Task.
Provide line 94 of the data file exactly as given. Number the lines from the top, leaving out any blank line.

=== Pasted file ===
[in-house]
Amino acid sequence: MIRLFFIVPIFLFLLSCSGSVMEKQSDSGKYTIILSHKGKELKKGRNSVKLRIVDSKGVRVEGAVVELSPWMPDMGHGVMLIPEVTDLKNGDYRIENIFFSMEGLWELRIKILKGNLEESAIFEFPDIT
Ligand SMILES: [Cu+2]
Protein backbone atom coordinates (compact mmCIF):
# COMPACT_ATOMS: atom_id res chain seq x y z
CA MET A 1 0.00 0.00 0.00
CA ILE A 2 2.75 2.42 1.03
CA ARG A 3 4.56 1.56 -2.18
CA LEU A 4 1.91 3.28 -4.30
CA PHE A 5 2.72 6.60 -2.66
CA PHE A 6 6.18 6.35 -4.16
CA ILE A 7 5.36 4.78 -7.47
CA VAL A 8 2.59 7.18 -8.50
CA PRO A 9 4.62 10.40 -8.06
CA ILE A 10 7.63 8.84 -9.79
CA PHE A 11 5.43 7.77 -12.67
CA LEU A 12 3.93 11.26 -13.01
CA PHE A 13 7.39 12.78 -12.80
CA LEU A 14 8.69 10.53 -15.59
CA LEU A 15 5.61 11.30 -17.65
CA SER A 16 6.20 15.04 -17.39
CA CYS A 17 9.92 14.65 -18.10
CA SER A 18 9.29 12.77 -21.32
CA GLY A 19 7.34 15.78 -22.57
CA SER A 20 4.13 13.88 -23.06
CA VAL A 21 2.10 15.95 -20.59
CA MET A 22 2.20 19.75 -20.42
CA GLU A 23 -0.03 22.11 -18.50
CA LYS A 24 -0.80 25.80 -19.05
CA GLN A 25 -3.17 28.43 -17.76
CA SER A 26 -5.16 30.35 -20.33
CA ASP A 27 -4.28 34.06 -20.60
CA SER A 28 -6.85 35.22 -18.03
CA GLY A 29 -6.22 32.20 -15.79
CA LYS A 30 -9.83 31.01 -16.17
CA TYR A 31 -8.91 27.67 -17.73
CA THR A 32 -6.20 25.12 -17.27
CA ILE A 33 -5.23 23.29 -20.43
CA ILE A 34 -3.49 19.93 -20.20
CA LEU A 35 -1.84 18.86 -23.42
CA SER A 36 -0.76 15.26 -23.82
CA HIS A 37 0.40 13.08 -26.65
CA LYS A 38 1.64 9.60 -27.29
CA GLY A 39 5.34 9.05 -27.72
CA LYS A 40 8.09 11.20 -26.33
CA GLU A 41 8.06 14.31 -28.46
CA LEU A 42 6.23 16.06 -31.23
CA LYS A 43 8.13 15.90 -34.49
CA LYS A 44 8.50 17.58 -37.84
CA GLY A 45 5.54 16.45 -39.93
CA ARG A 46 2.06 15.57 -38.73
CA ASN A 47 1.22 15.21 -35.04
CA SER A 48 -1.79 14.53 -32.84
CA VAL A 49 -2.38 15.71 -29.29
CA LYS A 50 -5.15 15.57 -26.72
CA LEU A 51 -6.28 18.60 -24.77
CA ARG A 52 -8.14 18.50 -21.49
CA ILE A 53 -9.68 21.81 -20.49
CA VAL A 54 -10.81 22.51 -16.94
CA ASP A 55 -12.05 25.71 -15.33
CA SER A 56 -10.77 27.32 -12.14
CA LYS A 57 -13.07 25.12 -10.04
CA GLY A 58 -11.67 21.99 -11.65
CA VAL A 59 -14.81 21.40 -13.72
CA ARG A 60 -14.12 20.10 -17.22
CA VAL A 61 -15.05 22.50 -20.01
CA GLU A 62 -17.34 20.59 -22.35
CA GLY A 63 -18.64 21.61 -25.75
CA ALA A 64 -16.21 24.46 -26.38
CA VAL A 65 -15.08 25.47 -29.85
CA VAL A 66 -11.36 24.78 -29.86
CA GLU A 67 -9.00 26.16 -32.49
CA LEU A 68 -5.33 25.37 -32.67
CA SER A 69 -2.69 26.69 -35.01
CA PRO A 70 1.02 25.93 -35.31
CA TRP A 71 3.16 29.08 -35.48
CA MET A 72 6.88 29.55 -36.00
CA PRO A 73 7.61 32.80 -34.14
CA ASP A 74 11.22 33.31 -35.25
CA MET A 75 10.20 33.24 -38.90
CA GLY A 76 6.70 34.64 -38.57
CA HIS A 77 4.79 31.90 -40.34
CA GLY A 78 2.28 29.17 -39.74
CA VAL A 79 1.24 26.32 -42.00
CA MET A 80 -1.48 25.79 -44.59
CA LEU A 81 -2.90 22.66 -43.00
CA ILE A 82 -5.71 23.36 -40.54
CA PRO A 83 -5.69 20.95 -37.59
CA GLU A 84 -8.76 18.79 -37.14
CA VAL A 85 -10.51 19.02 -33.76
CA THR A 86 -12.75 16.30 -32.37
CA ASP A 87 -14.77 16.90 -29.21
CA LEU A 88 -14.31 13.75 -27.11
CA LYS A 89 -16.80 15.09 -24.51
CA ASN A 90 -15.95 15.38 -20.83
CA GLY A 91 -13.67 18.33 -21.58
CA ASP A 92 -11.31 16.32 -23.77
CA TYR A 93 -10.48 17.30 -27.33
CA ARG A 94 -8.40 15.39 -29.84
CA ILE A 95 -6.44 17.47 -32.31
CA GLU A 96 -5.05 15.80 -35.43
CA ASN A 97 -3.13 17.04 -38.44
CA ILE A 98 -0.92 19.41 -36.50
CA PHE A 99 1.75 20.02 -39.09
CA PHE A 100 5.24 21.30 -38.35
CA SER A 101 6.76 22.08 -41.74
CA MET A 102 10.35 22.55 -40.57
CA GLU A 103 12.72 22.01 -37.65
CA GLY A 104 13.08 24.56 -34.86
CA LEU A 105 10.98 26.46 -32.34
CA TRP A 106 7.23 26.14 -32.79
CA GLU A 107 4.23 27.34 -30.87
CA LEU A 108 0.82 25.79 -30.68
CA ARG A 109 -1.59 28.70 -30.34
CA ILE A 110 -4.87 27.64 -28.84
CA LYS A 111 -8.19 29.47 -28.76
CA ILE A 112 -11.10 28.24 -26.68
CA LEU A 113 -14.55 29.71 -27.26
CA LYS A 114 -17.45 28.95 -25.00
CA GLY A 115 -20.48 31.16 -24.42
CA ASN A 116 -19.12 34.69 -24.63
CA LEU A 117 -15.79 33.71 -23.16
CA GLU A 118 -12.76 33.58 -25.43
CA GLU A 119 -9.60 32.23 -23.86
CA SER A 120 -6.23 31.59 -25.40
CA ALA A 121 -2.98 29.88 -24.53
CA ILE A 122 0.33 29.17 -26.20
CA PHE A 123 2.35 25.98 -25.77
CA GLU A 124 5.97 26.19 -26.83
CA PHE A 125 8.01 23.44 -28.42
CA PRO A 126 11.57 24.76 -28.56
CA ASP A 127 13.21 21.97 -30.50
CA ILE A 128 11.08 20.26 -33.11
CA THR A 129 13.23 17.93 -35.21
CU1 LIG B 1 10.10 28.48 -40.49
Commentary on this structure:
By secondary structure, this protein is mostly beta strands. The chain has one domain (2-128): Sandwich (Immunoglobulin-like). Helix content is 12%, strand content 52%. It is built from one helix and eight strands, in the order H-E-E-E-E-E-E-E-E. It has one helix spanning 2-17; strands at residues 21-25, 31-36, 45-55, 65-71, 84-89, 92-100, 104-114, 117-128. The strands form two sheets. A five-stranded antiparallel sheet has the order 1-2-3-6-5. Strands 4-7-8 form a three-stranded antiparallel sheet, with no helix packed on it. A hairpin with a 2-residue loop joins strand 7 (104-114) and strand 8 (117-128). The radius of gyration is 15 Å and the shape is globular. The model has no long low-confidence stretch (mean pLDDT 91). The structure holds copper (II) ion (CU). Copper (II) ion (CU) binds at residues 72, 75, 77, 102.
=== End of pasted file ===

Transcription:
CA LYS A 89 -16.80 15.09 -24.51